After attack on Van Gogh factory
London imposes prison sentence on climate glue
11/24/2022, 10:20 AM (updated)
To make their concerns more visible, climate activists are increasingly turning to unwanted forms of protest. This included two members of the group Just Stop Oil, who clung to a work by the painter Van Gogh. Both have now been found guilty by a London court.
The protest is radical, but the attention is great: climate activists have been sticking to works of art for weeks or throwing tomato soup and mashed potatoes at them. Proponents speak of a scare tactic to draw attention to the climate crisis. For opponents, on the other hand, these are acts of vandalism against the works of art, which often cost millions of euros. But the actions of groups like Just Stop Oil leave almost no one indifferent.
In London, two young people stood trial for gluing themselves to the frame of Vincent van Gogh’s painting ‘Peach Trees in Blossom’ at the Courtauld Gallery at the end of June. The damage: almost 2,000 pounds (2,300 euros) – that’s why Louis McKechnie has to go to jail for three weeks. Emily Brocklebank received the same sentence, but received a six-month suspension. She does not regret the action. “When it comes to protesting, you don’t get a stage with speeches,” the 24-year-old said in court. “Gluing creates a story that the media wants to follow.” Columnist George Monbiot agrees in the British newspaper The Guardian: “‘Serious’ protest is flatly ignored.”
Attack on “Sunflowers” sparks a global wave of protests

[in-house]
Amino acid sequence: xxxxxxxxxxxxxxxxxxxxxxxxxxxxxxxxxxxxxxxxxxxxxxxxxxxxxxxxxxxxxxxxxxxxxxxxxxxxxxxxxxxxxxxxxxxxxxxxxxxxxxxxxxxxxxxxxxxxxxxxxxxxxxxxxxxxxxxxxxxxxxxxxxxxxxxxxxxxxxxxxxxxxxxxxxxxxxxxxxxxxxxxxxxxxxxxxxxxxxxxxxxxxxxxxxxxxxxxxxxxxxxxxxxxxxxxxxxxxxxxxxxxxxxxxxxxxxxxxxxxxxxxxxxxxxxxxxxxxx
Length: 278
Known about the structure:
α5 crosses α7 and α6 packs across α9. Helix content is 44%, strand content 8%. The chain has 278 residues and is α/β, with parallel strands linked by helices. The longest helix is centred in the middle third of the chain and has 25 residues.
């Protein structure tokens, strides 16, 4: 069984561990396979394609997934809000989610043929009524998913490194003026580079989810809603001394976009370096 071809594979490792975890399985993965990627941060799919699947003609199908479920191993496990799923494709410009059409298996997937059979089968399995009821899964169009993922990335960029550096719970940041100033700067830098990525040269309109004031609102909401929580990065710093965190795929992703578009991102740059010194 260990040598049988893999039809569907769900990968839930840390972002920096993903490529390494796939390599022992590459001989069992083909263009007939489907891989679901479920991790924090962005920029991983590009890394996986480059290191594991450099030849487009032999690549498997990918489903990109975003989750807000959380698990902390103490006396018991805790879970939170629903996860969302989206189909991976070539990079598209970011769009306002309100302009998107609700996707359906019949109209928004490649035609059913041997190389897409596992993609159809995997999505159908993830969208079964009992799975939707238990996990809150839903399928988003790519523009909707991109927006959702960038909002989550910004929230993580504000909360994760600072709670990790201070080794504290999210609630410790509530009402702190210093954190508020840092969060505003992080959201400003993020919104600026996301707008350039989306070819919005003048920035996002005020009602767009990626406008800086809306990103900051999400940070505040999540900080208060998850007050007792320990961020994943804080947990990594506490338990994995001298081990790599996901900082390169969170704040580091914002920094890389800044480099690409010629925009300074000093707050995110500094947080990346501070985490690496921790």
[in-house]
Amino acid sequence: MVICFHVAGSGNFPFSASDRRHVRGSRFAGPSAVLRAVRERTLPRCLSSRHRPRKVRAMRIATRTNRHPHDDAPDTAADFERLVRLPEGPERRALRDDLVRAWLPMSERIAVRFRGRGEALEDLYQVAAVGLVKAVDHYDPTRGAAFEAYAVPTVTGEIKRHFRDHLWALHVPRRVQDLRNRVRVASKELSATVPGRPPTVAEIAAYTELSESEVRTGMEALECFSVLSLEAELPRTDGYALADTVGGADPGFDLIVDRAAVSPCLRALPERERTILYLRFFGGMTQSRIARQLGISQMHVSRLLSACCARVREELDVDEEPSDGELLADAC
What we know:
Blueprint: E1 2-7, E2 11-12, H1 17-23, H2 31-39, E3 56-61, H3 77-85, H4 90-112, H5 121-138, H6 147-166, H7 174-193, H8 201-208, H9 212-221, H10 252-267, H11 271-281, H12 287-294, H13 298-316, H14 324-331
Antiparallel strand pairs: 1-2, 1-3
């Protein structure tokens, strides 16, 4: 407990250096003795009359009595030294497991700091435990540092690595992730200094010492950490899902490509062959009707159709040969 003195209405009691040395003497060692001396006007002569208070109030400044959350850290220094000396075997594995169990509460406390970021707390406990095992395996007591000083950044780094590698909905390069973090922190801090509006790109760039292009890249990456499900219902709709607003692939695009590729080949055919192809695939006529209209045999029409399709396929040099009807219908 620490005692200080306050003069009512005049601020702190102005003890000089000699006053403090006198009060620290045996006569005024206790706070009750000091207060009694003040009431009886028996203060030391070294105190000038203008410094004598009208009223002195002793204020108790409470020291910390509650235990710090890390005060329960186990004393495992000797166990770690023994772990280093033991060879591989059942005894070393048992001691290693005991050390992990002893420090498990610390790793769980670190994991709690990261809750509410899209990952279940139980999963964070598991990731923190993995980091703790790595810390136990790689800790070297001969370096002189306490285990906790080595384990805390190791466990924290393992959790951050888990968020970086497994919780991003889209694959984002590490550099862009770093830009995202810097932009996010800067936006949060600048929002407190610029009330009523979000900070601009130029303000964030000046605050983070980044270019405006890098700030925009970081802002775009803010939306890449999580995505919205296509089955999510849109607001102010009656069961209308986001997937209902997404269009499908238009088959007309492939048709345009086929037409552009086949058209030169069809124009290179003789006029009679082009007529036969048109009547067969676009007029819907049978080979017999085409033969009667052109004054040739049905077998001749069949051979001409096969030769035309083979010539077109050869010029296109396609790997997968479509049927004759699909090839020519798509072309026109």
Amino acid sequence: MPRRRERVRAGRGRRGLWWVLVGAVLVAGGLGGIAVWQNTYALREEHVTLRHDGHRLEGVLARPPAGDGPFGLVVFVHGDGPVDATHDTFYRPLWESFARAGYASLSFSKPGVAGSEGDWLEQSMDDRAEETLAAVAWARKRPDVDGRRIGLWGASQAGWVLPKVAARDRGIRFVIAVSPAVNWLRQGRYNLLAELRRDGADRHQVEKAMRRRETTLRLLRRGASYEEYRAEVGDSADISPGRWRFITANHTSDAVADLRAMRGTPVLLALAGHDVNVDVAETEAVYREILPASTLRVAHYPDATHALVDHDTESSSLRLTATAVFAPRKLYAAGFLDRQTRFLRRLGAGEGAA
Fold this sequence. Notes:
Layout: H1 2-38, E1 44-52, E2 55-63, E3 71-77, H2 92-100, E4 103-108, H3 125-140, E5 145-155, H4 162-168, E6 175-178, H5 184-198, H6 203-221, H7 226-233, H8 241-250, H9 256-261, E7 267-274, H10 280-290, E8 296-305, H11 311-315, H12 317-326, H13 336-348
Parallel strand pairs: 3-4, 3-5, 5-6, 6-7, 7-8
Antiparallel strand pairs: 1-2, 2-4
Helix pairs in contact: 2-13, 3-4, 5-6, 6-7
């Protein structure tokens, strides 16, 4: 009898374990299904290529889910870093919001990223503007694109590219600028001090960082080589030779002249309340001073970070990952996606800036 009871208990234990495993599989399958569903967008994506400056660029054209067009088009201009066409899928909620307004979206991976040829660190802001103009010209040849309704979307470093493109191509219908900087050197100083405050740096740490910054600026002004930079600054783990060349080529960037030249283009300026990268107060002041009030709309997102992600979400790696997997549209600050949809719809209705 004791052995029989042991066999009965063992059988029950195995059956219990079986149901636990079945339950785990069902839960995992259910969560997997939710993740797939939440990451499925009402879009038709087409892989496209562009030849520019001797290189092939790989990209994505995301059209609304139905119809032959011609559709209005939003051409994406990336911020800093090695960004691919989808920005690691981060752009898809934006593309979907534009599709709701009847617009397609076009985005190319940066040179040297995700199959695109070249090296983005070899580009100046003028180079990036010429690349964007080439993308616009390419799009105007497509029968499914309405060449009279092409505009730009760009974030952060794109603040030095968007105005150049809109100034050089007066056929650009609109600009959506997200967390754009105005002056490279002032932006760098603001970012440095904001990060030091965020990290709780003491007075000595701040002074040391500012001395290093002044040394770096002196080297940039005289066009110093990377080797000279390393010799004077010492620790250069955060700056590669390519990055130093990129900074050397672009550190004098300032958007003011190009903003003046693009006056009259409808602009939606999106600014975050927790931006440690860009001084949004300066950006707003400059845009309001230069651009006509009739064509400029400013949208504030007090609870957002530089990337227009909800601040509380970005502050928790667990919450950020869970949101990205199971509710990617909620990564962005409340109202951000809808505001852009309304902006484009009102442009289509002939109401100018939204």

Where climate protectors like Brocklebank and her comrade-in-arms Louis McKechnie initially stuck to objects, they now go further. On October 23, activists from the Last Generation group poured mashed potatoes on Claude Monet’s protective glass painting ‘Grainstacks’ at the Barberini Museum in Potsdam. At the Leopold Museum in Vienna, the glass-protected painting “Death and Life” by Gustav Klimt was doused with oil. Similar attacks took place in famous museums in Rome, Melbourne and Canberra.
An action by Just Stop Oil in London’s National Gallery, in which two young women threw tomato soup at Van Gogh’s famous work ‘Sunflowers’, is regarded as the first spark. They pleaded not guilty in court and the trial for property damage will begin in the British capital on December 13. In The Hague there was already a court verdict: three men were sentenced to two months in prison – one of them conditionally – for an attack on the painting “The girl with a pearl earring” by Johannes Vermeer.
Museums and galleries worldwide are alarmed. “The activists responsible grossly underestimate the fragility of these irreplaceable objects that must be preserved as part of our world heritage,” the heads of more than 100 art institutions said in a joint statement. But the sensational protest met with understanding.
‘Climate activists are 1000 percent right’
“The climate activists are 1000 percent right. And I support them 1000 percent,” Irish rock musician and environmentalist Bob Geldof told the Radio Times. The activists are smart not to damage the actual works. The attacks are just annoying. “And annoying is pretty good,” Geldof said. “Guardian” columnist Monbiot asked rhetorically, “Are we really more interested in Van Gogh’s sunflowers than real ones?” Also in The Guardian, Aileen Getty, granddaughter of oil magnate J. Paul Getty, praised climate activists: “Non-violence, civil resistance works.”
In London, activist Brocklebank said she was certain the owner of the painting would have agreed to the protest. “Any good person would agree to try to sustain life on Earth.” You didn’t do much damage: “Glue will come off again.” Her comrade-in-arms McKechnie said during the campaign that he and his father admired the work he was now stuck with as a child. “I still love this painting, but I love my friends and family more, I love nature more,” the 22-year-old said at the time.
Charges against a 21-year-old activist who allegedly distracted security forces have been dropped. However, he was fined for failing to appear in court, according to a PA news agency report.
(This article was first published on Tuesday, November 22, 2022.)